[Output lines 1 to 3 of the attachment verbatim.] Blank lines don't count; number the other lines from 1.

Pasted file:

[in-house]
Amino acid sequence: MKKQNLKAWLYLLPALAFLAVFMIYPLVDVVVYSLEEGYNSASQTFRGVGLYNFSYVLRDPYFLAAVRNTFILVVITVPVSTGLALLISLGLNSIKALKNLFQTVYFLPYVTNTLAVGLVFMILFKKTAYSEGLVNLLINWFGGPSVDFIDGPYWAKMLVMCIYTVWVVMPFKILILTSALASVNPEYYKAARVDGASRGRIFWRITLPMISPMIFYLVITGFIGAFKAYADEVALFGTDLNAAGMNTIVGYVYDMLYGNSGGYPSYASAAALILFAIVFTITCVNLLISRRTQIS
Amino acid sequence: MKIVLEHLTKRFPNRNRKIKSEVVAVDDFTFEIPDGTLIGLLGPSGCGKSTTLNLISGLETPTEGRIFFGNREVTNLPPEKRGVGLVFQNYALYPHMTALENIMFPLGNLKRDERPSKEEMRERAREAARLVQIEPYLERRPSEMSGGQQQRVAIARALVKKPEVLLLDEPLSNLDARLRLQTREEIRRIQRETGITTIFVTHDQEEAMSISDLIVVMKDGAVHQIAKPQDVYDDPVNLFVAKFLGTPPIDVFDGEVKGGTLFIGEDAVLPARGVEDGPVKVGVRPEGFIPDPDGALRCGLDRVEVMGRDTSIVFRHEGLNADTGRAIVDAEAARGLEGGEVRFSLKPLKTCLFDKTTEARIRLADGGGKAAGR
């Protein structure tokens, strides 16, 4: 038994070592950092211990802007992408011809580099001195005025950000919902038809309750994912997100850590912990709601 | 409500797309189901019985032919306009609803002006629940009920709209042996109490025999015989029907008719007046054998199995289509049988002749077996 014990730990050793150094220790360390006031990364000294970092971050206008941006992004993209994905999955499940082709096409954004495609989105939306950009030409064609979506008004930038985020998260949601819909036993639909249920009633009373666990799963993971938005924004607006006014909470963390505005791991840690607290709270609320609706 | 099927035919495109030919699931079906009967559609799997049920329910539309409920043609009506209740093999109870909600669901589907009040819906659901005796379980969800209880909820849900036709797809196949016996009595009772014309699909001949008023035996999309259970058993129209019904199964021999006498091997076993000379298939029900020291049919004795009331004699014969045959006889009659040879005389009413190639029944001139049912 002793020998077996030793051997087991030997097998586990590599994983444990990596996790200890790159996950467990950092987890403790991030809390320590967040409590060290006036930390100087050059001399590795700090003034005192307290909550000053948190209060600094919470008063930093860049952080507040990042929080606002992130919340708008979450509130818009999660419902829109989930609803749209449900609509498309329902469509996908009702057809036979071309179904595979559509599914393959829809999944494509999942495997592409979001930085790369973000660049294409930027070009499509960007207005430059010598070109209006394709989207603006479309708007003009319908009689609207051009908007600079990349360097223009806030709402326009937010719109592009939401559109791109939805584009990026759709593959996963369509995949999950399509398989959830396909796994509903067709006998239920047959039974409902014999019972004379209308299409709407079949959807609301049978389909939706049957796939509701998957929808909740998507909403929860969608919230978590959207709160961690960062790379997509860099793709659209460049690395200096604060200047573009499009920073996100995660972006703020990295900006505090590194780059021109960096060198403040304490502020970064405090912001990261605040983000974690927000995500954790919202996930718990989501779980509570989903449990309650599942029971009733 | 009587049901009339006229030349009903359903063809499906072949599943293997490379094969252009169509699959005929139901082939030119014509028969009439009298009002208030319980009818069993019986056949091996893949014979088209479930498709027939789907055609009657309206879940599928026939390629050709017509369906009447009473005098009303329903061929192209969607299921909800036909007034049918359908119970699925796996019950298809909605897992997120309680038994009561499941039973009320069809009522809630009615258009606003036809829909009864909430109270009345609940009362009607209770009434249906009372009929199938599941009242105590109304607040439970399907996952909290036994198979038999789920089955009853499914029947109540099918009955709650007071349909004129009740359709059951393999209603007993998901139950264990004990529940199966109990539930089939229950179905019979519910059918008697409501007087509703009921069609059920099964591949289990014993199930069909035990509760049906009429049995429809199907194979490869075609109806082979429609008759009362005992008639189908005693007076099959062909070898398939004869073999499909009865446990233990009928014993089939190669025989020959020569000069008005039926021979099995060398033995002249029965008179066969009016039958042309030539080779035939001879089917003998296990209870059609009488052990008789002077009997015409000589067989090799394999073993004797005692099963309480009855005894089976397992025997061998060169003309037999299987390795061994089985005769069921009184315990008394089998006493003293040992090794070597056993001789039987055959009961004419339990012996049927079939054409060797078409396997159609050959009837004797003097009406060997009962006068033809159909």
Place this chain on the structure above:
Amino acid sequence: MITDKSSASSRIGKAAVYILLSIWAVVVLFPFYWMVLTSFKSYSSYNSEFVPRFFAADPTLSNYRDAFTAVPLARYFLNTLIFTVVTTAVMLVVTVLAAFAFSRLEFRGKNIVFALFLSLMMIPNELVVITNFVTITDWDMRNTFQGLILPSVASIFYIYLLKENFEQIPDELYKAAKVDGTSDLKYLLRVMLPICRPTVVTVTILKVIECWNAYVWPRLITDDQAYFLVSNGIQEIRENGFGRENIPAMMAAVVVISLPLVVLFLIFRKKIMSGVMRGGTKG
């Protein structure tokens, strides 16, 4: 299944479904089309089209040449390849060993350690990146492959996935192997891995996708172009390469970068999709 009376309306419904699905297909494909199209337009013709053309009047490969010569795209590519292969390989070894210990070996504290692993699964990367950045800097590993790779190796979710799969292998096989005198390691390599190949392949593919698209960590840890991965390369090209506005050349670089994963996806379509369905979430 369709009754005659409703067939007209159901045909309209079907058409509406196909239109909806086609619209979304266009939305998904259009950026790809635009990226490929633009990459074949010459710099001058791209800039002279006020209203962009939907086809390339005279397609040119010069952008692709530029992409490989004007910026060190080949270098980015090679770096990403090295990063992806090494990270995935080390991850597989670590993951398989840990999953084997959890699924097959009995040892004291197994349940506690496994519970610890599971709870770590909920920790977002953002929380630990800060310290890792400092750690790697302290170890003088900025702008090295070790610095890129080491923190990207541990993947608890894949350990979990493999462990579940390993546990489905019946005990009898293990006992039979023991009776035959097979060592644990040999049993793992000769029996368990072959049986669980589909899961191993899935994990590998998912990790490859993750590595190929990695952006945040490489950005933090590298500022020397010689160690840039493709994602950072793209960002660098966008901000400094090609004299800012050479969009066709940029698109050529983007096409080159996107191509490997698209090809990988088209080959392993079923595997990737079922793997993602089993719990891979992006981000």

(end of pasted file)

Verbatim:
[in-house]
Amino acid sequence: MKKQNLKAWLYLLPALAFLAVFMIYPLVDVVVYSLEEGYNSASQTFRGVGLYNFSYVLRDPYFLAAVRNTFILVVITVPVSTGLALLISLGLNSIKALKNLFQTVYFLPYVTNTLAVGLVFMILFKKTAYSEGLVNLLINWFGGPSVDFIDGPYWAKMLVMCIYTVWVVMPFKILILTSALASVNPEYYKAARVDGASRGRIFWRITLPMISPMIFYLVITGFIGAFKAYADEVALFGTDLNAAGMNTIVGYVYDMLYGNSGGYPSYASAAALILFAIVFTITCVNLLISRRTQIS
Amino acid sequence: MKIVLEHLTKRFPNRNRKIKSEVVAVDDFTFEIPDGTLIGLLGPSGCGKSTTLNLISGLETPTEGRIFFGNREVTNLPPEKRGVGLVFQNYALYPHMTALENIMFPLGNLKRDERPSKEEMRERAREAARLVQIEPYLERRPSEMSGGQQQRVAIARALVKKPEVLLLDEPLSNLDARLRLQTREEIRRIQRETGITTIFVTHDQEEAMSISDLIVVMKDGAVHQIAKPQDVYDDPVNLFVAKFLGTPPIDVFDGEVKGGTLFIGEDAVLPARGVEDGPVKVGVRPEGFIPDPDGALRCGLDRVEVMGRDTSIVFRHEGLNADTGRAIVDAEAARGLEGGEVRFSLKPLKTCLFDKTTEARIRLADGGGKAAGR